Most businesses expect 2023 recession: JPMorgan survey

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Nearly two-thirds of small and midsize U.S. businesses expect the country will enter a recession in the year ahead, according to a new study that pointed to rising prices as a top concern for companies after months of battling persistently high inflation.

JPMorgan Chase's 2023 annual Business Leaders Outlook survey released Thursday found 65% of midsize firms and 61% of small businesses anticipate a 2023 recession, and a majority of leaders of smaller firms said they expect higher prices to stick around.

Shoppers walk past a Bergdorf Goodman store in New York Dec. 28, 2022.  (Victor J. Blue/Bloomberg via Getty Images / Getty Images)

More than 90% of midsize company leaders said their businesses were experiencing challenges due to inflation, and 45% of small business owners cited rising prices as their top concern, a 20% increase from last year's survey.

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"Inflation has been a challenging headwind impacting businesses of all sizes, across all industries," said Ginger Chambless, head of research for JPMorgan Chase Commercial Banking. "While we have seen some encouraging signs that inflation has started to moderate and should cool over 2023, businesses may still want to consider adjustments to strategies, pricing or product mixes to help weather the storm in the near term."

Most companies pass some or all of their increased costs on to consumers. (Fox News / Fox News)

Some 83% of midsize firms told JPMorgan they have passed at least some of their increased costs on to consumers, and 82% said they would continue to do so. Out of the small companies surveyed, 68% said they had raised prices on some or all of their products or services, and 94% said inflation has impacted their expenses.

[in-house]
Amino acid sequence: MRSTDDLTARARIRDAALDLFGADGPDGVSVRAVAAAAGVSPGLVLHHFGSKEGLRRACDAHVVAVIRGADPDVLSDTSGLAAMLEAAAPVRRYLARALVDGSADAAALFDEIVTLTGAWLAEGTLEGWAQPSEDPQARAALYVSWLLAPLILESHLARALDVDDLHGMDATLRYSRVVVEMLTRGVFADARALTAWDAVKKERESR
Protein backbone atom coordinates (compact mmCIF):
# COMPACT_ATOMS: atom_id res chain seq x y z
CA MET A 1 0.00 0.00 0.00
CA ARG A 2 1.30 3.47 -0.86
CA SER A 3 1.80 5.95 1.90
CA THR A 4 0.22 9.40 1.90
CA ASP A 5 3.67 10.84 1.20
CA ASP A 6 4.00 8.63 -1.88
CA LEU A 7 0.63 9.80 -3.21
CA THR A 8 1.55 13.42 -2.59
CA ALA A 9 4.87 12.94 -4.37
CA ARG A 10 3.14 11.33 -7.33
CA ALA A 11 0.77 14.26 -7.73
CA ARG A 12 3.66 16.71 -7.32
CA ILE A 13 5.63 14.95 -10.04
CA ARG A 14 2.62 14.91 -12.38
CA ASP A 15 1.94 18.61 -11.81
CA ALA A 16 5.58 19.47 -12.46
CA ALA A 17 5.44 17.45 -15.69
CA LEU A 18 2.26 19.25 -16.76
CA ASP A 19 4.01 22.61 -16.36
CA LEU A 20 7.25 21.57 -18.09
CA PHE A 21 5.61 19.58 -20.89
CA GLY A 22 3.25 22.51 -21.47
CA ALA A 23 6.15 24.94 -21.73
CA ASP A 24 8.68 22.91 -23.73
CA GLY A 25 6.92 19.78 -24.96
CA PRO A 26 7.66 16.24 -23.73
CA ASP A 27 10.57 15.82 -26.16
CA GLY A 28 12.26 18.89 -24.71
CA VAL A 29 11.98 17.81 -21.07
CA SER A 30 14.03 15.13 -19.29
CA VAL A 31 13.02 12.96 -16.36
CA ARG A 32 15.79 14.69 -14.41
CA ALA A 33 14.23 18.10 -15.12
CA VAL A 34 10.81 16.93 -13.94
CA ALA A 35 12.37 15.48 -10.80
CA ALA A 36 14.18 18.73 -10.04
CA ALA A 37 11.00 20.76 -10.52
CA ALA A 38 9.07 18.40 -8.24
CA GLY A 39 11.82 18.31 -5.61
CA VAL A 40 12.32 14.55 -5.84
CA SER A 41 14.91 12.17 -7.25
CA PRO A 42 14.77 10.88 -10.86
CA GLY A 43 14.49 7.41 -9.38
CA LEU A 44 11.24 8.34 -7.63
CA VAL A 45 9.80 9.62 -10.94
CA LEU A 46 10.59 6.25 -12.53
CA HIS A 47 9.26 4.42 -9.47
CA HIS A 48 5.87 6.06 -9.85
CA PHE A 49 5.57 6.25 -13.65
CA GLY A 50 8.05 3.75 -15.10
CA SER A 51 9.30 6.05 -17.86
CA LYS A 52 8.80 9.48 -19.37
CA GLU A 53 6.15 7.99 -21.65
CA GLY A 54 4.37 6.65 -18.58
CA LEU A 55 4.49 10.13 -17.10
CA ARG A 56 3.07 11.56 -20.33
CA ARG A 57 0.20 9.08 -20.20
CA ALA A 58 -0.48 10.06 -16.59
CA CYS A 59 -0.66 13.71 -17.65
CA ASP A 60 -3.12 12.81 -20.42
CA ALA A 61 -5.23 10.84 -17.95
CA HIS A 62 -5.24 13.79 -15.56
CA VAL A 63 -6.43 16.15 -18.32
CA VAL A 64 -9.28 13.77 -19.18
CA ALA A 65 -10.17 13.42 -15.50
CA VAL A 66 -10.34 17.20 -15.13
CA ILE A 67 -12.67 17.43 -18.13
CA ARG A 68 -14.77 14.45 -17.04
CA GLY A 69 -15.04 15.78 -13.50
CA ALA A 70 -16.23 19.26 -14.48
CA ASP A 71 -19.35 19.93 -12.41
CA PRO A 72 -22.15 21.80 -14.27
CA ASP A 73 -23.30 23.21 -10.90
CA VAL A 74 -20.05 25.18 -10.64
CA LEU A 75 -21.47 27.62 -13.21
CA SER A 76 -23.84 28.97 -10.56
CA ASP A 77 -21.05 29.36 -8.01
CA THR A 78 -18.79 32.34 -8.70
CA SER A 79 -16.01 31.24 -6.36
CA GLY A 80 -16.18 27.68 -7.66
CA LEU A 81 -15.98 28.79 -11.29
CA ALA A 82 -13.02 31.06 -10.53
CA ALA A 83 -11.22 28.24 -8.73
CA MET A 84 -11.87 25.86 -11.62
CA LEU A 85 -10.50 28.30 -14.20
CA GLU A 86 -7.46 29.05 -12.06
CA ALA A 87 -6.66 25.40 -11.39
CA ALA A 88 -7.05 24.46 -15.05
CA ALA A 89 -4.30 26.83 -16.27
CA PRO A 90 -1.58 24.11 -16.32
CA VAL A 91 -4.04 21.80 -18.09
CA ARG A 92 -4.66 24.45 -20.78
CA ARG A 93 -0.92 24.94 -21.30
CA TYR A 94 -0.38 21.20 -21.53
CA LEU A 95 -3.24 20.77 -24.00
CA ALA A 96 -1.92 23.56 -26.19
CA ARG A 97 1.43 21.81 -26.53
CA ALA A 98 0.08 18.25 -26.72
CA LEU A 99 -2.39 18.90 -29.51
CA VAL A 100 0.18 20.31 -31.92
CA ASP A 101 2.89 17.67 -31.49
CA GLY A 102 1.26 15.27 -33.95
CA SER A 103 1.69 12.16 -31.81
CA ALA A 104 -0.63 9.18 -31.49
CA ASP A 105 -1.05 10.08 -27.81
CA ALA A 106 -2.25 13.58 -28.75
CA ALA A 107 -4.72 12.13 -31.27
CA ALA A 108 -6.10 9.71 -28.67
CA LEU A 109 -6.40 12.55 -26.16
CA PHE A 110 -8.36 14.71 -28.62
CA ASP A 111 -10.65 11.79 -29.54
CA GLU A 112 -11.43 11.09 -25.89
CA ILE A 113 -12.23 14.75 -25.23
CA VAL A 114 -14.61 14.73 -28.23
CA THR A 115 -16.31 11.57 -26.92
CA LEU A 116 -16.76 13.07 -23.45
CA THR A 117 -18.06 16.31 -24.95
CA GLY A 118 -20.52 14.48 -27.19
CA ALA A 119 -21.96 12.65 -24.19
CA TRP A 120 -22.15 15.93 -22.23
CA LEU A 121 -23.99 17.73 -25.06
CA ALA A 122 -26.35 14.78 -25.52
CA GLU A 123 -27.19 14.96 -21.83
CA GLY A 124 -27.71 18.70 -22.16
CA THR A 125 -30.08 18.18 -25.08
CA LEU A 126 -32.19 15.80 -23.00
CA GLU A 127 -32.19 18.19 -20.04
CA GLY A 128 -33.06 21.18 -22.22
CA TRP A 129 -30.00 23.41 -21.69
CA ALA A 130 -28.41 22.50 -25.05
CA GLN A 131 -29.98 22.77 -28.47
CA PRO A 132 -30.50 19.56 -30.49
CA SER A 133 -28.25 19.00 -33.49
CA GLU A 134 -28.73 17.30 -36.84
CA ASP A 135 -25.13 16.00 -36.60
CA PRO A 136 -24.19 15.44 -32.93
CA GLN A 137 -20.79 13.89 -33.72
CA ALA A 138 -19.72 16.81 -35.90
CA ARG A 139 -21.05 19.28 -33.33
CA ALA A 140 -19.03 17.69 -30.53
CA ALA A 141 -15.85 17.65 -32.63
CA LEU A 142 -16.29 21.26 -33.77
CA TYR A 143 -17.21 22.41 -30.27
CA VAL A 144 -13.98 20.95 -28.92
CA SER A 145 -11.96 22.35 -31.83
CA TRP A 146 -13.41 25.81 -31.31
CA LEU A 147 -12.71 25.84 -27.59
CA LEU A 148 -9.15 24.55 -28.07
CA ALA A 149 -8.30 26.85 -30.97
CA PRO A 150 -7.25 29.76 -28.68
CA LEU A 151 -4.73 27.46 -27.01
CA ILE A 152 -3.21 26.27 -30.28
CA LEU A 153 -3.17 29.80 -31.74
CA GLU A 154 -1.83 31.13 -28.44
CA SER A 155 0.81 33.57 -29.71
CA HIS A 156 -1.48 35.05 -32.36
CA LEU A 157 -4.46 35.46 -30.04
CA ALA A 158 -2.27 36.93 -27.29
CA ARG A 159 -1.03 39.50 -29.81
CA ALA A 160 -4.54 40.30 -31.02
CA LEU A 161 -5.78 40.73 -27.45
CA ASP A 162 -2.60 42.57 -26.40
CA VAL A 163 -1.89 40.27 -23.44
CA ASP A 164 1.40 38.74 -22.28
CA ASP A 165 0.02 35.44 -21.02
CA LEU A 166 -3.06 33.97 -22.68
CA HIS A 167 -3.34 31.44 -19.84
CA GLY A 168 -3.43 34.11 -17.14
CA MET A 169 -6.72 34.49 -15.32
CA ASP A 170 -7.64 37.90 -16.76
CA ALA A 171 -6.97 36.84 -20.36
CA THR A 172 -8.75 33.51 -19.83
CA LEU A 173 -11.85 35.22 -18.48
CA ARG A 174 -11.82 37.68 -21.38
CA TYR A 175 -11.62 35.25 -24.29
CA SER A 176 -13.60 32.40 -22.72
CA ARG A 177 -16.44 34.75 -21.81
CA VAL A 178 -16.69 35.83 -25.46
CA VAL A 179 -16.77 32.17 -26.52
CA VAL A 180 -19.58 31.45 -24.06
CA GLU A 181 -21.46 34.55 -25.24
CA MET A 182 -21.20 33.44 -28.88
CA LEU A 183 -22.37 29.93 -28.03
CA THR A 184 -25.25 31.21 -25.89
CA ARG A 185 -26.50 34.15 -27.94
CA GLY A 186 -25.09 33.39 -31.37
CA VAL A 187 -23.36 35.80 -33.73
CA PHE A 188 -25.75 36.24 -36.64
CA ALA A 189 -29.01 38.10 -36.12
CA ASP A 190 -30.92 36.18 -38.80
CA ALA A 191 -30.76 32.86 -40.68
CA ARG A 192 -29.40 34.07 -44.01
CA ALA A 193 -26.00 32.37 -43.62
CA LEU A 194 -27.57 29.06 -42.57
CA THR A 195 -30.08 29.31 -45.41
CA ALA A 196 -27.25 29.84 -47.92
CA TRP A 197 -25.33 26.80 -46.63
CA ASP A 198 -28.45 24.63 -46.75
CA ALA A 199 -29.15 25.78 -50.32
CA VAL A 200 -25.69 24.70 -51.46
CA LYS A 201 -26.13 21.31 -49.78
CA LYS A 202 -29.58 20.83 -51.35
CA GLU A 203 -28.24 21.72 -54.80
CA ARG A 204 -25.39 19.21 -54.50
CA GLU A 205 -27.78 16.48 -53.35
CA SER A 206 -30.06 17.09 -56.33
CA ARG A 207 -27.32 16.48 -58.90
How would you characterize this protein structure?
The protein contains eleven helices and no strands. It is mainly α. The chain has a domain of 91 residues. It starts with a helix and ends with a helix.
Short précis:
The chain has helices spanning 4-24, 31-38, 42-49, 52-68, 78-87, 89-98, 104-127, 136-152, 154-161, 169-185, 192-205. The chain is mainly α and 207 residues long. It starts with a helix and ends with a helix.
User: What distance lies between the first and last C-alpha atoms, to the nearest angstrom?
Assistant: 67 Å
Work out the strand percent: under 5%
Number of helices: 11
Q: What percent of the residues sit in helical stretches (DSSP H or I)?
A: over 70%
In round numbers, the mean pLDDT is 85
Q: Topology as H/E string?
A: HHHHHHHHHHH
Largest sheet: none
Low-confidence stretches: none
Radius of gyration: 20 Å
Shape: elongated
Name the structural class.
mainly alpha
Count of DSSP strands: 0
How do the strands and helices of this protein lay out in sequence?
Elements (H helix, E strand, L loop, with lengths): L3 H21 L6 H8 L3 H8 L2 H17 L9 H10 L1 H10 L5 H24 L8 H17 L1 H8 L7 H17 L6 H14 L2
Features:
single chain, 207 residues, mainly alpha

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The data indicated small businesses are more optimistic than their midsize counterparts in their outlook on the national and global economies.

The percentage of midsize company leaders who expressed optimism for the global economy plummeted to 8% from 34% a year ago, and their optimism for the U.S. economy dropped to 22% from 50%.

"In today’s interconnected world, midsize businesses are increasingly vulnerable to global economic challenges, including ongoing supply chain issues, increased costs of raw materials, geopolitical events and other uncontrollable factors," Chambless told FOX Business. "These challenges and their associated impacts are all contributors to a more pessimistic global economic outlook."

Lynn Gooden, 44, updates inventory at her business, Mother’s Hair Beauty Supply, Aug. 16, 2022, in Houston, Texas.  (Brandon Bell/Getty Images / Getty Images)

Among small business owners, on the other hand, 49% expressed optimism for the national economy and 45% for the global economy, which were both in line with last year's numbers.

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The survey was conducted online from Nov. 14-22 for small businesses with revenues between $100,000 and $20 million and Nov. 29 through Dec. 13 for midsize firms with annual revenues between $20 million and $50 million. There were 1,799 participants overall.

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